Four firms pitch hi-def DRM for Flash cards
Next-generation Secure Memory, anyone?
Panasonic, Samsung, Sony and Toshiba have begun licensing their new DRM technology for memory cards to anyone who feels the world needs yet another copy protection technology for HD content. They hope many content providers do indeed want a new DRM system, specifically one that secures content but doesn’t prevent content consumers from moving files from device to device, and even lending content to others.
This is a square consumers have wanted to see circled for some time. For most folk, the real flaw with DRM is not copy prevention but the way the technology ties content to specific devices or platforms. A movie downloaded from Apple’s iTunes can’t be played on a TV without the presence of extra Apple-made kit, for instance, and it certainly can’t be copied to an Android tablet or a Windows phone.
Transferring the file directly to a friend’s PC or to an intermediate location such as a network-attached storage device is easy, but the film can’t be viewed unless the viewer signs into iTunes in the guise of the original downloader, which requires an internet connection, at least at the time for signing in.
Panasonic, Samsung, Sony and Toshiba claim their system overcomes all these limitations. The technology is called SeeQVault (SQV) and it’s being touted by the Next Generation Secure Memory Initiatives - NSM for short - a firm founded by the aforementioned four to license their jointly developed DRM scheme. SQV was originally backed by SanDisk too, but it has since pulled out, according to NSM’s list of members.
NSM and its parents see SQV as a means of enabling SD cards and other Flash-based storage - though they also see a role in hard drives and other, more traditional forms of storage - as secure and portable file stores of licensed content, whether it’s material downloaded from an online shop or even ‘taped’ off telly on a DVR.
Secure download storage
The notion is to make it easy for punters to move content around from device to device at will, while at the same time making the material stored impossible to rip, to keep the content providers happy.
“SQV-enabled memory and devices will allow the storage and playback of premium HD content across multiple devices with or without internet connectivity,” claims NSM. “With SQV-enabled Flash drives, SD cards, HDD and other media, consumers will be able to move HD content across their various devices in a secure key-managed environment that provides dynamic flexibility for content consumption while offering superior intellectual property protection.”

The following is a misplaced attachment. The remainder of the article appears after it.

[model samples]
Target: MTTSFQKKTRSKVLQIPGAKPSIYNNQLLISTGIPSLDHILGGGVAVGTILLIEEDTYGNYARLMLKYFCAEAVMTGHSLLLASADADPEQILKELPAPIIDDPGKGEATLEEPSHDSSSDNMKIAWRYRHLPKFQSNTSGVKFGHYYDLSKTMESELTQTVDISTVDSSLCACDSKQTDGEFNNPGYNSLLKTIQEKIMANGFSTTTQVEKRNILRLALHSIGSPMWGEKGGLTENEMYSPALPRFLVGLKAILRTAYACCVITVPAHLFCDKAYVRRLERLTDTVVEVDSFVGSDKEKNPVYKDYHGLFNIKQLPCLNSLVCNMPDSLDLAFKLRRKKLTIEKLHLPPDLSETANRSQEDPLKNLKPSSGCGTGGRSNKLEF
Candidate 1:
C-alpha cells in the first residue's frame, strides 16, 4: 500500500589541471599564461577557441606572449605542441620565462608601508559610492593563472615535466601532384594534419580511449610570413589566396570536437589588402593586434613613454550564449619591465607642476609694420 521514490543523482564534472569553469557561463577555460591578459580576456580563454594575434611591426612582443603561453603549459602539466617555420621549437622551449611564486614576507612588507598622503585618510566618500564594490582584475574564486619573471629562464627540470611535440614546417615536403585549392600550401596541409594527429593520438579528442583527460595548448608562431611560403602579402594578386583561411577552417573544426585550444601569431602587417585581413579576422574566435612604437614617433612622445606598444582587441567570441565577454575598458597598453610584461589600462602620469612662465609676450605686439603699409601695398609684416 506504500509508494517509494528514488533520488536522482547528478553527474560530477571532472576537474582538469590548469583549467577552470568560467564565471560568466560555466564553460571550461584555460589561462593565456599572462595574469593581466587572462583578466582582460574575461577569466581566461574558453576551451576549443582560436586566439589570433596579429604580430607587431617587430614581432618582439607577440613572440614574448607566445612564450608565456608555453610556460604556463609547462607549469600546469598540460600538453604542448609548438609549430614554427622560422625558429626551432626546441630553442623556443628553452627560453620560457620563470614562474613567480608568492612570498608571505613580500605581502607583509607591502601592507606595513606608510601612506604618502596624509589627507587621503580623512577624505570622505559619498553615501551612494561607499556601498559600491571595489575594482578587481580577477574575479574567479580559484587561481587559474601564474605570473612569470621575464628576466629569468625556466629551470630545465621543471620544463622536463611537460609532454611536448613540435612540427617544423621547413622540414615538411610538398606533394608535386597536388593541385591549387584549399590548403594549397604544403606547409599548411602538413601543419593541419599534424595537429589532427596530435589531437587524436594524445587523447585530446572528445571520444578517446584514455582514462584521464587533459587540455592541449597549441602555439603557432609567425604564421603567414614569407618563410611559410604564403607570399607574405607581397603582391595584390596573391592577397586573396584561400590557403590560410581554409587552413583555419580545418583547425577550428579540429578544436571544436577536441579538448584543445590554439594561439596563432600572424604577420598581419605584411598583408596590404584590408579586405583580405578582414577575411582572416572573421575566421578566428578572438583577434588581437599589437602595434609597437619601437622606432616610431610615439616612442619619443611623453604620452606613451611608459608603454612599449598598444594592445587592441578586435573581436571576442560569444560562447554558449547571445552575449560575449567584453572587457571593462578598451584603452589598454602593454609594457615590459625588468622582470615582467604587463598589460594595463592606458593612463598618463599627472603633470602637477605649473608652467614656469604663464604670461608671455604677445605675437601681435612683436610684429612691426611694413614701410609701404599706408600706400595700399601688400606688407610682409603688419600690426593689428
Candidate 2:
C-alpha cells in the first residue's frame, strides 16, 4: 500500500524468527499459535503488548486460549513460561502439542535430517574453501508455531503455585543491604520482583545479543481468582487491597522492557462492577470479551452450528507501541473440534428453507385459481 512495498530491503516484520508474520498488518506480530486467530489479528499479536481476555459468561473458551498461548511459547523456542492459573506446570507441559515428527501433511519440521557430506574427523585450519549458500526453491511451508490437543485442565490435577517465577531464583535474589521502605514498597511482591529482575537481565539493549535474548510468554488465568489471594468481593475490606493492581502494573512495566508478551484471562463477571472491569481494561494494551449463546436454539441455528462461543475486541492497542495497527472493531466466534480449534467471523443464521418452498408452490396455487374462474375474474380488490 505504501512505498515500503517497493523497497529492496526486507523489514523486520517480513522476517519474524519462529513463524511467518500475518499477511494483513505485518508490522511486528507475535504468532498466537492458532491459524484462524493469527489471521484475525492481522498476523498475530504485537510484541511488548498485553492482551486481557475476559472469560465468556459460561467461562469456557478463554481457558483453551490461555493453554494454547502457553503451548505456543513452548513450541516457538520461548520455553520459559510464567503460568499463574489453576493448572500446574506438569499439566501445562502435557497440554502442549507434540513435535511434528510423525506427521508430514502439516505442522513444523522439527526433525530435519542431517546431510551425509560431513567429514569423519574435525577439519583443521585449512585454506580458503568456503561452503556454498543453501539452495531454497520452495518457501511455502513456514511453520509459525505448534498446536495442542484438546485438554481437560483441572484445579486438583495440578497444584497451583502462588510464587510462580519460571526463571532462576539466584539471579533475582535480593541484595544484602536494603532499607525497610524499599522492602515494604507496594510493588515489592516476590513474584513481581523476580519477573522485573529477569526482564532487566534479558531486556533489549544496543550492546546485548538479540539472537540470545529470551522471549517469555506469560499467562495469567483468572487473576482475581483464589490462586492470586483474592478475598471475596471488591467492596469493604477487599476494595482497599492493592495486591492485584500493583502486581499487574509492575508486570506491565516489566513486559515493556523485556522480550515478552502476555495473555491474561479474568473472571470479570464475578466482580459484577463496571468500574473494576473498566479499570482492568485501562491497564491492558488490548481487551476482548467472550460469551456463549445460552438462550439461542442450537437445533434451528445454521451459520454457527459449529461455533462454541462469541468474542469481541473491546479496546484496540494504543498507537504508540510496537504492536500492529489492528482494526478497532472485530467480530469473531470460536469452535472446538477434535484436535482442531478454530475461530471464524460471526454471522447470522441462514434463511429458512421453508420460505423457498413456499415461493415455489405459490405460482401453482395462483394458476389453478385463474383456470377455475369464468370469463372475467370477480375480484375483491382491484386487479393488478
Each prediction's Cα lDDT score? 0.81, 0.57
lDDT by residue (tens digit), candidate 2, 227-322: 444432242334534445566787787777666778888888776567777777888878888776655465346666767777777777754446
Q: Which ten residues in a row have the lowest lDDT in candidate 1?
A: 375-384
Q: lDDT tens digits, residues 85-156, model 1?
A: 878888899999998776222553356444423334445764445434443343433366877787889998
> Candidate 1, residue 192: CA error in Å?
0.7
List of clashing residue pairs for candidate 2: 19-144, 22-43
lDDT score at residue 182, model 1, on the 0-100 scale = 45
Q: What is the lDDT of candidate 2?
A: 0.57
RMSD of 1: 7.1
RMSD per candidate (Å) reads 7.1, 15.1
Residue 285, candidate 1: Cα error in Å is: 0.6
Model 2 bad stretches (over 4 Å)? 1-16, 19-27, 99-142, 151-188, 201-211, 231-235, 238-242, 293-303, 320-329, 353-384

In plain English, that means a copy protection mode that keeps content secure without unreasonably limiting where and when the encrypted content is moved to. NSM’s approach is to lock the content to the medium rather than the host devices, allowing you to lend a friend a film to watch, just as you might pass them a DVD or Blu-ray, but in a way that prevents them from copying the content to keep. Flexible playback, which still requires player apps to be equipped with suitable authentication keys, and no need for online authentication should also calm fears about that other aspect of DRM: that content providers can stop you accessing content you’ve legitimately acquired.
NSM specifies two content storage formats: MP4 for discrete audio and video entities - copied downloads and ‘pre-recorded’ content - and MPEG 4 TS (Transport Stream) for recording content on DVRs and such. When the resulting file or data takes up more space than a storage device’s file system allows - for example, FAT 32’s 4GB limit - NSM advocates segmenting the content into multiple files.
A device doesn’t need to support NSM natively to play back licensed content, but if it doesn’t it has to be able to host third-party apps that are. This, says NSM, also makes the format a candidate for distributing ‘pre-recorded’ content - say a digital copy of a movie you’re buying on Blu-ray, there in the box. Or to allow SD to be pitched as an alternative to optical disc formats, whether bought off the shelf or spat out to order by a vending machine.
A card’s controller IC and its memory both need separate, unique NSM Secure IDs which are applied to the storage at manufacture, along with the media key information. These IDs and keys are combined and sent through the “secure authenticated channel” to the host and only when they are confirmed as legitimate can playback begin.